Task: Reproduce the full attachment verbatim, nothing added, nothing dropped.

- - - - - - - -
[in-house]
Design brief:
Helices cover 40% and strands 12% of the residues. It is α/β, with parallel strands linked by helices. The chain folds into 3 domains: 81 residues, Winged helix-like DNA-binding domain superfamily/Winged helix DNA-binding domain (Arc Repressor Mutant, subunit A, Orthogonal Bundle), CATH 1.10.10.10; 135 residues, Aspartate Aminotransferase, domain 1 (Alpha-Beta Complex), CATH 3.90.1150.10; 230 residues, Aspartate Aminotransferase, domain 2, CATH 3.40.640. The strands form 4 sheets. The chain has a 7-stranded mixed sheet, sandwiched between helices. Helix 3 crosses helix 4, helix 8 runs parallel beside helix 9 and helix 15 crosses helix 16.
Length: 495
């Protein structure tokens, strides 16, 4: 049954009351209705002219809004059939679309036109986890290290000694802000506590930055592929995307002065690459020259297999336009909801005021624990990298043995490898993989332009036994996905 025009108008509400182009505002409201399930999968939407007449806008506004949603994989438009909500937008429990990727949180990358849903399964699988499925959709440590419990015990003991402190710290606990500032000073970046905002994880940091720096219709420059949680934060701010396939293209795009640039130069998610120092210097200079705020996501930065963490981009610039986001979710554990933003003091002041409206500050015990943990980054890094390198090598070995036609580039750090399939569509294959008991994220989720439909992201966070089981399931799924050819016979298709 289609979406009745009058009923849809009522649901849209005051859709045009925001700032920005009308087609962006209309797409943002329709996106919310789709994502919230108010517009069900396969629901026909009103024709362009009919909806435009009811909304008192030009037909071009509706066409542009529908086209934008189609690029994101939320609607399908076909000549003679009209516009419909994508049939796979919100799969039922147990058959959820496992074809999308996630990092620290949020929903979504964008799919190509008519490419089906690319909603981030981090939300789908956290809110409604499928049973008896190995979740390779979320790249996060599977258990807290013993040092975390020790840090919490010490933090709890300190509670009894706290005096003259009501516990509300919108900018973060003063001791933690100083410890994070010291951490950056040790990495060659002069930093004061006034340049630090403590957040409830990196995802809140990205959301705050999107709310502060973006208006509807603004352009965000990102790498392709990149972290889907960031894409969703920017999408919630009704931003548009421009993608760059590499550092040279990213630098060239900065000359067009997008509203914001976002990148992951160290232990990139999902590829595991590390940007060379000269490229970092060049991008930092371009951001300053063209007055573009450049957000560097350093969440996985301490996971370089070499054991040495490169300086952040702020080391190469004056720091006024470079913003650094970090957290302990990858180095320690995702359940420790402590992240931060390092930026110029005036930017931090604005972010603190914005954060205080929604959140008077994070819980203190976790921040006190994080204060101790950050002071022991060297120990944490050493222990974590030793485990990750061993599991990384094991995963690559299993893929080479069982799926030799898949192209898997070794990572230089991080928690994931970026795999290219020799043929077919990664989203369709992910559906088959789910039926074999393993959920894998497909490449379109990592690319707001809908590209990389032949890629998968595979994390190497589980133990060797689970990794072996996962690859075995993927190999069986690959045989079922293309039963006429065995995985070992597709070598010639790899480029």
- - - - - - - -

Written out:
[in-house]
Design brief:
Helices cover 40% and strands 12% of the residues. It is α/β, with parallel strands linked by helices. The chain folds into 3 domains: 81 residues, Winged helix-like DNA-binding domain superfamily/Winged helix DNA-binding domain (Arc Repressor Mutant, subunit A, Orthogonal Bundle), CATH 1.10.10.10; 135 residues, Aspartate Aminotransferase, domain 1 (Alpha-Beta Complex), CATH 3.90.1150.10; 230 residues, Aspartate Aminotransferase, domain 2, CATH 3.40.640. The strands form 4 sheets. The chain has a 7-stranded mixed sheet, sandwiched between helices. Helix 3 crosses helix 4, helix 8 runs parallel beside helix 9 and helix 15 crosses helix 16.
Length: 495
């Protein structure tokens, strides 16, 4: 049954009351209705002219809004059939679309036109986890290290000694802000506590930055592929995307002065690459020259297999336009909801005021624990990298043995490898993989332009036994996905 025009108008509400182009505002409201399930999968939407007449806008506004949603994989438009909500937008429990990727949180990358849903399964699988499925959709440590419990015990003991402190710290606990500032000073970046905002994880940091720096219709420059949680934060701010396939293209795009640039130069998610120092210097200079705020996501930065963490981009610039986001979710554990933003003091002041409206500050015990943990980054890094390198090598070995036609580039750090399939569509294959008991994220989720439909992201966070089981399931799924050819016979298709 289609979406009745009058009923849809009522649901849209005051859709045009925001700032920005009308087609962006209309797409943002329709996106919310789709994502919230108010517009069900396969629901026909009103024709362009009919909806435009009811909304008192030009037909071009509706066409542009529908086209934008189609690029994101939320609607399908076909000549003679009209516009419909994508049939796979919100799969039922147990058959959820496992074809999308996630990092620290949020929903979504964008799919190509008519490419089906690319909603981030981090939300789908956290809110409604499928049973008896190995979740390779979320790249996060599977258990807290013993040092975390020790840090919490010490933090709890300190509670009894706290005096003259009501516990509300919108900018973060003063001791933690100083410890994070010291951490950056040790990495060659002069930093004061006034340049630090403590957040409830990196995802809140990205959301705050999107709310502060973006208006509807603004352009965000990102790498392709990149972290889907960031894409969703920017999408919630009704931003548009421009993608760059590499550092040279990213630098060239900065000359067009997008509203914001976002990148992951160290232990990139999902590829595991590390940007060379000269490229970092060049991008930092371009951001300053063209007055573009450049957000560097350093969440996985301490996971370089070499054991040495490169300086952040702020080391190469004056720091006024470079913003650094970090957290302990990858180095320690995702359940420790402590992240931060390092930026110029005036930017931090604005972010603190914005954060205080929604959140008077994070819980203190976790921040006190994080204060101790950050002071022991060297120990944490050493222990974590030793485990990750061993599991990384094991995963690559299993893929080479069982799926030799898949192209898997070794990572230089991080928690994931970026795999290219020799043929077919990664989203369709992910559906088959789910039926074999393993959920894998497909490449379109990592690319707001809908590209990389032949890629998968595979994390190497589980133990060797689970990794072996996962690859075995993927190999069986690959045989079922293309039963006429065995995985070992597709070598010639790899480029």